Oscillating between semiotics, pictorialism and theatrics, Joan Jonas integrates ritual and symbolic elements into her hybrid vocabulary, where gestures are the object of reflection. At the beginning of her artistic career, the themes in her work focused on herself, on the body of the artist, its changes, transformations, deformations and reconstructions through an alter ego, feminine abstractions and the juxtaposition of sexual roles. Later on, the dramaturgy of the text refers to historical facts, culturally specific, originating from fables or epics, from which Jonas extracts universal motifs.
The performance Lines in the Sand (2002), commissioned by Documenta 11, took place after the installation had been set up, which added new dimensions to the work. Both performance and installation are based on the epic poem Helen in Egypt (1951–55), where the Imagist poet and writer H.D. (Hilda Doolittle, patient of Sigmund Freud before the World War II) revises the myth of Helen of Troy. In H.D.’s poem, based on classic texts, as well as in Jonas’s work, the epic war of Troy was not fought for an unfaithful Helen, but rather for less prosaic reasons, such as commercial routes and access to the Black Sea. Helen was in Egypt, not in Troy, which means that Trojans and Aqueans fought and killed each other for a ghost, a fake illusion, an ancient archetype.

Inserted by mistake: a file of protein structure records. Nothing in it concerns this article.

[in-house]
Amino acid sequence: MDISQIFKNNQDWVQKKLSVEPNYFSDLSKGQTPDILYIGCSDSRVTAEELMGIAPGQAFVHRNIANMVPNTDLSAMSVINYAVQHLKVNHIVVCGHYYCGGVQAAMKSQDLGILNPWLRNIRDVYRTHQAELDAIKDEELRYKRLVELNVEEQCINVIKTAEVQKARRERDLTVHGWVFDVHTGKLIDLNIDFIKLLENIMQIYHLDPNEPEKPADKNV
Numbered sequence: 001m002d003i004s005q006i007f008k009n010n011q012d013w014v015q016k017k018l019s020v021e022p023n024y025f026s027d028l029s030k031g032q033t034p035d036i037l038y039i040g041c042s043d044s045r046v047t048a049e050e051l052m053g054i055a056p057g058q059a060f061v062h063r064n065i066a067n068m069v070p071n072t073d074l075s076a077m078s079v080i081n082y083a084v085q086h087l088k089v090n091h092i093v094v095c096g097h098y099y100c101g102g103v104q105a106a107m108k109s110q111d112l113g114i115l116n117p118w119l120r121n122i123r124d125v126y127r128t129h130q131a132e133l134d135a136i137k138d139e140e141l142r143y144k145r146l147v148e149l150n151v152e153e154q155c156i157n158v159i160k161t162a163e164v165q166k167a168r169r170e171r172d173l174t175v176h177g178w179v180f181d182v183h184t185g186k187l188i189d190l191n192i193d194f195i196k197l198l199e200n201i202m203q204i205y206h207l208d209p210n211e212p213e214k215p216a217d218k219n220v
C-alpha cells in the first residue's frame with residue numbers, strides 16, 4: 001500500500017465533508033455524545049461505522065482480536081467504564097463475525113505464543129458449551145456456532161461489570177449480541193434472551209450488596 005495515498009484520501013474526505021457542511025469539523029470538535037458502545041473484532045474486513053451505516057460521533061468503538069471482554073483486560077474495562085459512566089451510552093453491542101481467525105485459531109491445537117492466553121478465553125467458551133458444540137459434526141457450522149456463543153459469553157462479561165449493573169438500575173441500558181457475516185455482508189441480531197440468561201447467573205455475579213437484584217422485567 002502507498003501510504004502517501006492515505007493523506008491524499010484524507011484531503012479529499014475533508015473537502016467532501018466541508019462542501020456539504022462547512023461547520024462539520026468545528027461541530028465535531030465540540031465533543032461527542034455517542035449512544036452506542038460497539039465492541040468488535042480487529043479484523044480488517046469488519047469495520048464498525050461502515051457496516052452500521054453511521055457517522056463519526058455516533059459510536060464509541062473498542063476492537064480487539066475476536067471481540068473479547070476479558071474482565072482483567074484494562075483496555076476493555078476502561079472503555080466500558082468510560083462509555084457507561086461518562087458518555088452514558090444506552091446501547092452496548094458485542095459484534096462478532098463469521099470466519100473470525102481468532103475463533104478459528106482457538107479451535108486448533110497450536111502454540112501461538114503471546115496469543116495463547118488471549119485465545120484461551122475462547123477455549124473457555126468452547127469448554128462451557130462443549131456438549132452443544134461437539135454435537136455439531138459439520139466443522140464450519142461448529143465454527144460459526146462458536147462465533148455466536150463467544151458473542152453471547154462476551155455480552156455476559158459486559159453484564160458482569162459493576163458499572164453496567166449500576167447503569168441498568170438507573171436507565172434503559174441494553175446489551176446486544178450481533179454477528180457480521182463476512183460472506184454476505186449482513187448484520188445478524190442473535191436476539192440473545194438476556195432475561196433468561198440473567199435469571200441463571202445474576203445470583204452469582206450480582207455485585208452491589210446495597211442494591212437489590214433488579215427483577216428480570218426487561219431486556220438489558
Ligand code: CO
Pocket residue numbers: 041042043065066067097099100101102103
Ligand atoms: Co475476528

In the work, Jonas explores the interconnected threads of myth, which is viewed as a representation of subconscious and reality. Juxtaposing images, texts and gestures, the artist questions and contradicts the official history and collective memory. Shots of the shadow of the artist and her dog walking on the beach, images of Egypt (from her grandmother’s photographs during a trip in 1910), of the Luxor casino in Las Vegas, including the roulettes and the desert landscape as well as images of a man and a woman placing objects on rocks, are interposed with various texts. Simultaneous narratives alternate: one fragmented (Helen in Egypt) and another in its entirety (Pillow Talk, from the ancient Irish epic poem The Tain, in which an Irish King and Queen discuss who has the most possessions, manifesting the domestic and trivial origins of discussions over property). At the same time, passages of Tribute to Freud, where H.D. describes her memories and thoughts as light projections on the walls of a bedroom, add to the phantasmagorical atmosphere. The artist creates a collage of scenes on the psychological and political power of Helen, representing Helen as an ancient metaphor of property and a justification of all the Trojan wars to come.